In the late 1940s, my father and his friend (both aged 14) were sitting in a pub in Glasgow. Two middle-aged drunk men were sat at the bar; they were well known local gang leaders from the notorious thirties. One of the men turned to other: “I dare you to stick this glass in my face,” he said in a fading act of bravado. “No, I dare you to stick it in my face,” replied his sparring partner. So the first man did. Blood burst from his face and the stools went over. But instead of going at each other, they left together to seek out the nearest hospital (Try reading No Mean City for more on Glasgow in the 30s).
Pubs used to be (still are?) notorious for churning out drink-fuelled violence, which often took place in queues – a queue at the chip shop or taxi rank with a ‘you pushing in mate’, or ‘you looking at my missus’, etc. But pubs have long been the social hub for the working classes that didn’t just involve fighting or getting so pissed you start dancing with a table. As I have written before, when featuring Daniel Sluman’s poem Barmaid, my friend married the barmaid in our local and many of my lifelong friendships were forged there. The pub was divided into three parts – the bar, the smoke, and lounge. The bar was where all the older men went after work, and where they would take their girlfriends or wives at the weekend. The lounge was for families. Then there was the smoke, where at one end the oldies gathered (we called it the death end), then the other end where we were – a panoptican of faces spread round the pool table. There were very few women. In fact there wasn’t even a women’s toilet for many of the first years I went. They would have to go round to the smoke or lounge; this meant going outside, which in the wet cold winters was not an attractive option.
Sadly, pubs are in decline. I don’t really put it down to the smoking ban, it was more a result in the rise in property prices, the financial crash in 2008 resulting in the heavy debt of the pubcos who sold the pubs on. Ironically, they are often turned into residential dwellings, with only 10% remaining as pubs. At the current rate of closure (around 30 a week), there will be no more pubs by the middle of the century.
But let’s forget about the pubs’ demise for now and engage in a bit of nostalgia with Julia Webb’s funny and riotous poem, Friday Night King’s Head. This is a pub you would love to go to, if only to be a fly on the wall. “Some girl is pulling another girl’s hair and screaming, and some other girls are in the loo skinning up, and Andy is trying to force his way into the Ladies with his watery eyes, wet lips and flat cap.” Pubs are more than their insides, especially in the summer, when people spill out into the car park, the garden or the wall. “there’s a row going on outside, a Cortina is revving its engine, and someone is laughing, it sounds like a tree full of monkeys, but when you go outside it’s just the usual crowd sitting on the wall around the tree smoking.” But there’s always music, at least if it’s not a Wetherspoons, in this case a Disco, with Black Sabbath, Status Quo, Fleetwood Mac that situates the poem in the 70s, and what people then become some time later. “Billy is shaking his blonde head like someone demented, ten years from now he’ll be in the army cleaning his gun, his hair shorn off.” Such pubs are still out there and so are their characters, but I fear for how much longer.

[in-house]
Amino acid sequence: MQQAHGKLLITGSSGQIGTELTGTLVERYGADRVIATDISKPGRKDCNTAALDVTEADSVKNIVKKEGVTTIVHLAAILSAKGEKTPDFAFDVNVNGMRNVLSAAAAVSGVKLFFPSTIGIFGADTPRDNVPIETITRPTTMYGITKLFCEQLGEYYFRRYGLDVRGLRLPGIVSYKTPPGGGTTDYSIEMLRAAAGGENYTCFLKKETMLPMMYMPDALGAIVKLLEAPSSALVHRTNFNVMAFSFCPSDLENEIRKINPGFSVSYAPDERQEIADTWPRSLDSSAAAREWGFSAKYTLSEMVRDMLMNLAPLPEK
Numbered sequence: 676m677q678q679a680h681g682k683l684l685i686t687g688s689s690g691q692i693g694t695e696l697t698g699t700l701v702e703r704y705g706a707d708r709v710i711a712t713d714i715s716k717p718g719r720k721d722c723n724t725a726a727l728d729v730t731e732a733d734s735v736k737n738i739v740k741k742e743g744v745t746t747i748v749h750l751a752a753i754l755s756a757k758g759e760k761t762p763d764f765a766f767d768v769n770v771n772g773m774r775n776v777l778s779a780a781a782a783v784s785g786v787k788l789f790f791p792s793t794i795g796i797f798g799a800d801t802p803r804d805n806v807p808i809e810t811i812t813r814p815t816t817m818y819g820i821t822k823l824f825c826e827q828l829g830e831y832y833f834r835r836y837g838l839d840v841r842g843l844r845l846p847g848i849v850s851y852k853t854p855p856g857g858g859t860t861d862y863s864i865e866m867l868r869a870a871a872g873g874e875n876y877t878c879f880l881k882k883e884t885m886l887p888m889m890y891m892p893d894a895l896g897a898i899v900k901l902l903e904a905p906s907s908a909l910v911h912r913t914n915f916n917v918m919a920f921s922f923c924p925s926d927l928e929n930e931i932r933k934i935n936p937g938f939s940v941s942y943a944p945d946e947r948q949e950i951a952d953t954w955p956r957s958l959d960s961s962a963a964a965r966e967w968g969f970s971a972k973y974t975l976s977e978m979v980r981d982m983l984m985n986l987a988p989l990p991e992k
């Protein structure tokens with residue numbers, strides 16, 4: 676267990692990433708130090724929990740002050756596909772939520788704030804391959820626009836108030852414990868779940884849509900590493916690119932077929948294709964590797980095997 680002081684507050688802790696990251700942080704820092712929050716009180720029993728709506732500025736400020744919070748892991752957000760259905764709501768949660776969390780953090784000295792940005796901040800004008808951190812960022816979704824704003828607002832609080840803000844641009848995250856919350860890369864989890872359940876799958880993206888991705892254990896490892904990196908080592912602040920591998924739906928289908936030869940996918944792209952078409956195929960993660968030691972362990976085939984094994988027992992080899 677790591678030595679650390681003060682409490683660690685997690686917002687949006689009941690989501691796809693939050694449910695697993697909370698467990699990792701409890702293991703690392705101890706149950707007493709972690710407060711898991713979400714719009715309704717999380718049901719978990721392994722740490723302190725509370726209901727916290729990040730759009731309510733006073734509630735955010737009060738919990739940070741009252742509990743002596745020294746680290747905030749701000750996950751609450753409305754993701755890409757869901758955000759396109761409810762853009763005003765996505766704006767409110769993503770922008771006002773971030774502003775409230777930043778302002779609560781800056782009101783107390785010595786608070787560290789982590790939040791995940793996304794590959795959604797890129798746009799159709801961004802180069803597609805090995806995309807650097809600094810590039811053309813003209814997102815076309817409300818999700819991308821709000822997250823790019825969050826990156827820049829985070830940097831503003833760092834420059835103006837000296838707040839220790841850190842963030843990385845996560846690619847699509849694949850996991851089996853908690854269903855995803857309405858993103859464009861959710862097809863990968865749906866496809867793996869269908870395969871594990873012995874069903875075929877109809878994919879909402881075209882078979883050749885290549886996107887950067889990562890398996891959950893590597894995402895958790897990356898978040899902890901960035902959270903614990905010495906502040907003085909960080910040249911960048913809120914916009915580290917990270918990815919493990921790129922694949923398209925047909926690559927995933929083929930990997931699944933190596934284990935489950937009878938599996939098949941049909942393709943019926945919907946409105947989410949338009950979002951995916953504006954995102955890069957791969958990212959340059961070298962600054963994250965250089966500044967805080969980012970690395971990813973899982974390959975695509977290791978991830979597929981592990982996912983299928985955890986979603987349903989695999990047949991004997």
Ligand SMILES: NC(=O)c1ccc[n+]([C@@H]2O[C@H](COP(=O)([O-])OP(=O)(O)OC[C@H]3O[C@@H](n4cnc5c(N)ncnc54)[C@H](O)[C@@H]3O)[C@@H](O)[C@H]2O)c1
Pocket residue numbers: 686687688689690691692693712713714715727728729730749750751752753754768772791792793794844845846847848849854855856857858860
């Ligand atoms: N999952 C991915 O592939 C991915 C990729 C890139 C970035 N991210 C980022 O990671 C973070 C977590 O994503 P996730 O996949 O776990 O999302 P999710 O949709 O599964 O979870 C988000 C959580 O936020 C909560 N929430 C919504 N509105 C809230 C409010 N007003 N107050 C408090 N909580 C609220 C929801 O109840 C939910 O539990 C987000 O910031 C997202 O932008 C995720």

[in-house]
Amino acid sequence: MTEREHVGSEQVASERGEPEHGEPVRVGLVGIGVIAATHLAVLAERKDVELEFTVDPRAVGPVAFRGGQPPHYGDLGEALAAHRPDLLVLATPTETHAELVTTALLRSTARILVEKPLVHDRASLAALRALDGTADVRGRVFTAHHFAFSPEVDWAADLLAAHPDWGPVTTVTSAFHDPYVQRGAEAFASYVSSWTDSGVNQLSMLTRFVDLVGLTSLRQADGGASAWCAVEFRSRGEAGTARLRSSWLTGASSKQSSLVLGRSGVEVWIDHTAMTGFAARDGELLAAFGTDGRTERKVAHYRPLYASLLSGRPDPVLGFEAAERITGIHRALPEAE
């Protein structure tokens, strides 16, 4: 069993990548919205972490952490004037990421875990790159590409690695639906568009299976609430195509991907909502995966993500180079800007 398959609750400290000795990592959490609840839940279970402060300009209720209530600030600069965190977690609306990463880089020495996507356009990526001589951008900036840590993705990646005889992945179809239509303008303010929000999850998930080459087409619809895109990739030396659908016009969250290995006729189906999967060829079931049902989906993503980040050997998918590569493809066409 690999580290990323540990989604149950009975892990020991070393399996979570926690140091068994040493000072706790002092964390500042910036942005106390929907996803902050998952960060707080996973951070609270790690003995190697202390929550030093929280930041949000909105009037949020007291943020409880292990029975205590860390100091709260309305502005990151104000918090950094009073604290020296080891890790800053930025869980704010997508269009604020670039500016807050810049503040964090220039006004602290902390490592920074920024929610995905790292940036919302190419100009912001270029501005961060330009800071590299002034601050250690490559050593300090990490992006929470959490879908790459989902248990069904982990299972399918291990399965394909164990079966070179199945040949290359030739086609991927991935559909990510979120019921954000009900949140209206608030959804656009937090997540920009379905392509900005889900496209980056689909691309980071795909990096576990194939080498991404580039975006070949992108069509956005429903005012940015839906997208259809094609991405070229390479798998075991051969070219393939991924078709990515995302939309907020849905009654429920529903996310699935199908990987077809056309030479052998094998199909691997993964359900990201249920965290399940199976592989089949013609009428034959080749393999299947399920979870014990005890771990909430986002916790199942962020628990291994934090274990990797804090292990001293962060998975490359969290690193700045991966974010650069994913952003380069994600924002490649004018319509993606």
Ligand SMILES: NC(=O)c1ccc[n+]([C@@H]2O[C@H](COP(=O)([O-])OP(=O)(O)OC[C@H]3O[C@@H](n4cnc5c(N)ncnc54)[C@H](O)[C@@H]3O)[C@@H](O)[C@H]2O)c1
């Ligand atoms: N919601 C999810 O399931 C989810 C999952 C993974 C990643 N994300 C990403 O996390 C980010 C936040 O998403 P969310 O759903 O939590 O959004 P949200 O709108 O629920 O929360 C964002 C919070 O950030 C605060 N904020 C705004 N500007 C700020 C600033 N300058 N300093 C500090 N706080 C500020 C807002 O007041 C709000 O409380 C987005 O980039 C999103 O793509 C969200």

Julia Webb is a compulsive writer. She grew up in Thetford a small town in Norfolk. She lives in Norwich where she teaches creative writing in the community and runs Norwich Stanza and a poetry book group. She is a poetry editor for Lighthouse Literary Journal. Her first collection Bird Sisters will be published by Nine Arches Press in May 2016.
Friday Night King’s Head
Some girl is pulling another girl’s hair and screaming, and some other girls are in the loo skinning up, and Andy is trying to force his way into the Ladies with his watery eyes, wet lips and flat cap, and it’s your job to keep him out and to keep his tongue out of your mouth, and the Heavy Rock Disco is playing Paranoid, and before that it was thumbs in belt loops for Status Quo, and Billy is shaking his blonde head like someone demented, ten years from now he’ll be in the army cleaning his gun, his hair shorn off, and there’s a row going on outside, a Cortina is revving its engine, and someone is laughing, it sounds like a tree full of monkeys, but when you go outside it’s just the usual crowd sitting on the wall around the tree smoking, someone is astride a motorbike, someone is being sick, someone has had beer thrown over them, a couple are kissing under the coach arch, and the night is screaming and booming in your ears, and though your eyes seek out the dark corners you can tell that Dan’s not here, but here comes Andy dogging your footsteps, so you’d better keep moving, and if it was fifteen years from now he might be spiking your drink, someone buys you a vodka and orange, someone whispers in your ear, someone passes you a joint, back inside the bar the air is hot and thick with smoke, the music is pounding, you push through a wall of sweaty bodies, the D.J. you used to date plays your favourite Steve Hillage, the one you ask for every week, in twenty years you won’t remember its title though you will remember the keyboard thrill, Rory is on the floor gyrating, his aging mum in her leather jacket is leaning against the wall, two guys are shouting at each other by the speakers, a boy with a Mohican and acne passes something to a girl with dead eyes, you check the poolroom but Dan’s not here yet, you dance to Fleetwood Mac, someone moves close, you can feel his breath on your neck, his long hair brushes your shoulder, thirty years from now he will email you to say he was a berk back then and that he’s cut off all his hair.